Thursday, February 25, 2010

Lie Away and Awake at Night

"Don't Ask Don't Tell" may soon very well be gone. Happily so. Still, again, we have followed the accepted path of huge and irreversible tragedy in the lives of others to get there - waiting for the time when the marginalizers and others are comfortable enough to be willing to change.

I wonder often about the people we sacrifice as a society, later referring to them as ahead of their time, bold, prophetic, pioneers, and such. Euphemisms to cover up our own guilt, if even recognized. I think about how these leaders were harassed, imprisoned, marginalized, oppressed, separated from families, friends, and equal opportunities for work and worship.

I don't understand the appetite for such human sacrifice, however well the plodding and unwinding road toward justice might be. I keep thinking about the people of color, the women, the LGBT community and other marginalized groups and their allies who fought for justice and suffered the consequences. Who are those people now, in the eyes of society, church, or state? Are they still criminals or are they now considered heroes or heroines? What have we learned from them? Is it simply to continue to follow their tried and tragic paths to justice?

Do we need to put our hands upon the oven doors at Auschwitz to know we don't need to ever go so far again?

Whether you think there is such a thing as lies of omission or not, it may very well be that deceit at its core, is something more damaging than any lie. When deceit is institutionalized and encouraged, we quickly slide into the nearly irreversible soul-sickness of fear and distance - from ourselves and others.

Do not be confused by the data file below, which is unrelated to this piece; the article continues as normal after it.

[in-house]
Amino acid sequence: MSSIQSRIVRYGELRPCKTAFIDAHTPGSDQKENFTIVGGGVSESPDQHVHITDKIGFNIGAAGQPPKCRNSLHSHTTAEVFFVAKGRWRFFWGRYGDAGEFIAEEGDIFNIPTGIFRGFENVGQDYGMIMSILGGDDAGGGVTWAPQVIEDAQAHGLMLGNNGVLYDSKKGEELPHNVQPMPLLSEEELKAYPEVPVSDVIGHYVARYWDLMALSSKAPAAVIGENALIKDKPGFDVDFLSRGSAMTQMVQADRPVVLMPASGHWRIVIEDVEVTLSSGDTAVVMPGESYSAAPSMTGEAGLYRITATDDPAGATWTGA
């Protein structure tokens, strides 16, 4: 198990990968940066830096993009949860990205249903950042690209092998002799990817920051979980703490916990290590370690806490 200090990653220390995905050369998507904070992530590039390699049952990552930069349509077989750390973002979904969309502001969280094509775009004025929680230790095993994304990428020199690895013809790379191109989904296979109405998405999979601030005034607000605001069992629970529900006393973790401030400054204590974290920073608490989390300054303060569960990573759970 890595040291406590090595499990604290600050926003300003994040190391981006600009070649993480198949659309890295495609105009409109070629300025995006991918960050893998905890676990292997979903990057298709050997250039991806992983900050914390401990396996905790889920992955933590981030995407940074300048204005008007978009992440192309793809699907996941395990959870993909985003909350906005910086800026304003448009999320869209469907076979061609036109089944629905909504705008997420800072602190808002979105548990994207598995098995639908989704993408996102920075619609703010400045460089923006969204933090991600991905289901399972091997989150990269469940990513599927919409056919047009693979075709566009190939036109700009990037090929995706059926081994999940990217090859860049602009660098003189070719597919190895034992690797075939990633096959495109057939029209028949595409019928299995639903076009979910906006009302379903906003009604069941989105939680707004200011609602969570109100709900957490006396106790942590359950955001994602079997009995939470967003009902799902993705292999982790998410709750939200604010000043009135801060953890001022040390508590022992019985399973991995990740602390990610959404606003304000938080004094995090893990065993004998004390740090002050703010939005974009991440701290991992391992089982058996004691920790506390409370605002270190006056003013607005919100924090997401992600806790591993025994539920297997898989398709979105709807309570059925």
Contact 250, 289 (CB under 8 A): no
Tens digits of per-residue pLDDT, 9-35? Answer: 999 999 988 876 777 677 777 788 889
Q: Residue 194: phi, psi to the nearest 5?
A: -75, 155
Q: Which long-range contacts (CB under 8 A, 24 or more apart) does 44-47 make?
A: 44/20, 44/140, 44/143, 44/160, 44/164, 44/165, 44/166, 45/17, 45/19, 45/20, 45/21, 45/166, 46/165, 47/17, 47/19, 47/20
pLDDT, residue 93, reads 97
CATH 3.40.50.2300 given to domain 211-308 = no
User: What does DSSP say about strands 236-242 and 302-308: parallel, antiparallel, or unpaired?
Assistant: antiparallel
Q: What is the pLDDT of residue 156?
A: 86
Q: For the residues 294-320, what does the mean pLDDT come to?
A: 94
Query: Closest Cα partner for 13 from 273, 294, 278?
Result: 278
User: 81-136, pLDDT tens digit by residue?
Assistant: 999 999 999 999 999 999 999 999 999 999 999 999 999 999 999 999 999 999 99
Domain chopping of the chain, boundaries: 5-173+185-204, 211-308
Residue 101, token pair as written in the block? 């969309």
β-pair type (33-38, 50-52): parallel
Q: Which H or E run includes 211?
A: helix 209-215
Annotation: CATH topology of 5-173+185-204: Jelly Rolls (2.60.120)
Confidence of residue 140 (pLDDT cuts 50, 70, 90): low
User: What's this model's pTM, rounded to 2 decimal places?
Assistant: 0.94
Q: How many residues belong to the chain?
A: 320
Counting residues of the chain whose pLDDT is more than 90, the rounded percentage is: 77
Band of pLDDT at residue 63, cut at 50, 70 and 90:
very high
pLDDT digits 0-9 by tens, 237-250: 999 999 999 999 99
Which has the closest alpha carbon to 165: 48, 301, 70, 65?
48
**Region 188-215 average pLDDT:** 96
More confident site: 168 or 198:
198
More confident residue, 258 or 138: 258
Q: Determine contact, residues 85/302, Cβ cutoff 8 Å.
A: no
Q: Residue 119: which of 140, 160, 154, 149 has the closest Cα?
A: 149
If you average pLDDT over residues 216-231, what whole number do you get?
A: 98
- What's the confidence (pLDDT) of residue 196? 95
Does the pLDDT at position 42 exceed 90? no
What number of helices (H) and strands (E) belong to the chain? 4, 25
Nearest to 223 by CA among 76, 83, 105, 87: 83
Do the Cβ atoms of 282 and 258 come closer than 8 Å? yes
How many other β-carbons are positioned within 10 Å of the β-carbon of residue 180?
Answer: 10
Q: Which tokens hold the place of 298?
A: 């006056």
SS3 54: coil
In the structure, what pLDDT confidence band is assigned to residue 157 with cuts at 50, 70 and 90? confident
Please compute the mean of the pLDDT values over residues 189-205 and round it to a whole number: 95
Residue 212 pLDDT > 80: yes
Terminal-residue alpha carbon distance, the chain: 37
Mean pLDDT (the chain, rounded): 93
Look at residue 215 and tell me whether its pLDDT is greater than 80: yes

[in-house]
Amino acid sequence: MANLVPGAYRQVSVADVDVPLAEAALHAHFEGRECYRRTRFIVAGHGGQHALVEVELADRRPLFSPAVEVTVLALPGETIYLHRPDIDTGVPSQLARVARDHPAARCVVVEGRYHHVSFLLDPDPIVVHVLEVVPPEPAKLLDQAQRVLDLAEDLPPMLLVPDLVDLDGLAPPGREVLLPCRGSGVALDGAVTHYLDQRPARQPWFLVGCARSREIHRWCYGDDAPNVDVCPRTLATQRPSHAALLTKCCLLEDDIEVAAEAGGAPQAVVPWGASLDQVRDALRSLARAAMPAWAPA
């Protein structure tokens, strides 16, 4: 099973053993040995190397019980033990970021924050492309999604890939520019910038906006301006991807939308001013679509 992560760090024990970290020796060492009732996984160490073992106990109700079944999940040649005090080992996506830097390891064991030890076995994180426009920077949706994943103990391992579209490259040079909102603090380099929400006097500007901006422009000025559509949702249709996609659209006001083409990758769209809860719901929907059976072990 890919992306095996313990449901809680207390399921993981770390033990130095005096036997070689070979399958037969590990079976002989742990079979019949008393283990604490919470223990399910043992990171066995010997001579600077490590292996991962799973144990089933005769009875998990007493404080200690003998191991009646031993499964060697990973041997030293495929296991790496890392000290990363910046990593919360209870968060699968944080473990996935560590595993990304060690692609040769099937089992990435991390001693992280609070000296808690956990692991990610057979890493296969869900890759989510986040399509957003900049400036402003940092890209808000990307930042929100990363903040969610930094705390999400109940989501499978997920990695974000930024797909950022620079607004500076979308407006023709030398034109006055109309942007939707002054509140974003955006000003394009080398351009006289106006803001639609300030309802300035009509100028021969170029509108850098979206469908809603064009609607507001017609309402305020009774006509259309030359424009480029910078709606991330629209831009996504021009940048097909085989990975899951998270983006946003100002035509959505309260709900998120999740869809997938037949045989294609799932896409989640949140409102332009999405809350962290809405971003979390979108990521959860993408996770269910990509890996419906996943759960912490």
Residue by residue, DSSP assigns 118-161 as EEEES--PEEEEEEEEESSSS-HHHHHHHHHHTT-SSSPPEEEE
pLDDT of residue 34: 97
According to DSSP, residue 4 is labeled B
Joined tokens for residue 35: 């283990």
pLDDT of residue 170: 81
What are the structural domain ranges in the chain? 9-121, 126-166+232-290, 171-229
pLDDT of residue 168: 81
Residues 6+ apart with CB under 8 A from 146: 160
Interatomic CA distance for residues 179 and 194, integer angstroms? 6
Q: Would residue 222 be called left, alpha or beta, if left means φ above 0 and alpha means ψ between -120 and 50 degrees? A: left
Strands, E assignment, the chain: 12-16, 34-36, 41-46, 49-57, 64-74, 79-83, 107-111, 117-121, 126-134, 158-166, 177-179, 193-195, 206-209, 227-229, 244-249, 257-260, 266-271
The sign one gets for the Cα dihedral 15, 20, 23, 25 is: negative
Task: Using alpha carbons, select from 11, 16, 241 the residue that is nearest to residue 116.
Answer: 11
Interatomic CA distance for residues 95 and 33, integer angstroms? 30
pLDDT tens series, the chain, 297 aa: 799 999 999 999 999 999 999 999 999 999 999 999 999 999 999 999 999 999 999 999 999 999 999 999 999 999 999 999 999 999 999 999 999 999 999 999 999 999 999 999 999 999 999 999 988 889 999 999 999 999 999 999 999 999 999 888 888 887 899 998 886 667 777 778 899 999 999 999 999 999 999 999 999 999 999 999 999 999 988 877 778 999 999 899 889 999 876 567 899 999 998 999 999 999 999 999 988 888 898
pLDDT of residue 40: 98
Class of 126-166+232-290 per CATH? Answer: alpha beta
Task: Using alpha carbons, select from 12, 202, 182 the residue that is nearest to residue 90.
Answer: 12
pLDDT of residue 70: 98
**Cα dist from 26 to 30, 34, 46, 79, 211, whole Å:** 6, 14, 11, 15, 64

Whether it is the violation of the first oath of honesty that a seviceperson who is LGBT takes when they deny themselves to satisfy the state; whether it is the crafted avoidance of honestly identifying oneself as LGBT at the time of ordination in service to the church; whether it is the lie that tears apart the relationships formed for appearances - each moves us further away from any chance of change by honesty, before the sacrifices and tragedies reach numbing proportions on their way to being heralded as future brave hearts.

I believe it is true that the laws of state and church do in fact follow the same path: by the time the law is written and passed the changes have occurred for the majority of people. That's what is happening in "Don't Ask Don't Tell" and in the church, as well.

While I have always expected the church, especially the Christian church, to live more closely to the right and radical teachings of Jesus, I would accept the boldness of the state to take the lead, knowing that faithful hearts live in all places. What is it that keeps us so locked in our ways?

I think it's fear. It's all about fear and what people are willing to do to get what they want. There's a good chance that if fear is driving us on toward a's the wrong goal. It may be that losing what we believe we're supposed to have in favor of being who we are - is the difference between lying away and awake at night - or a just and peaceful sleep.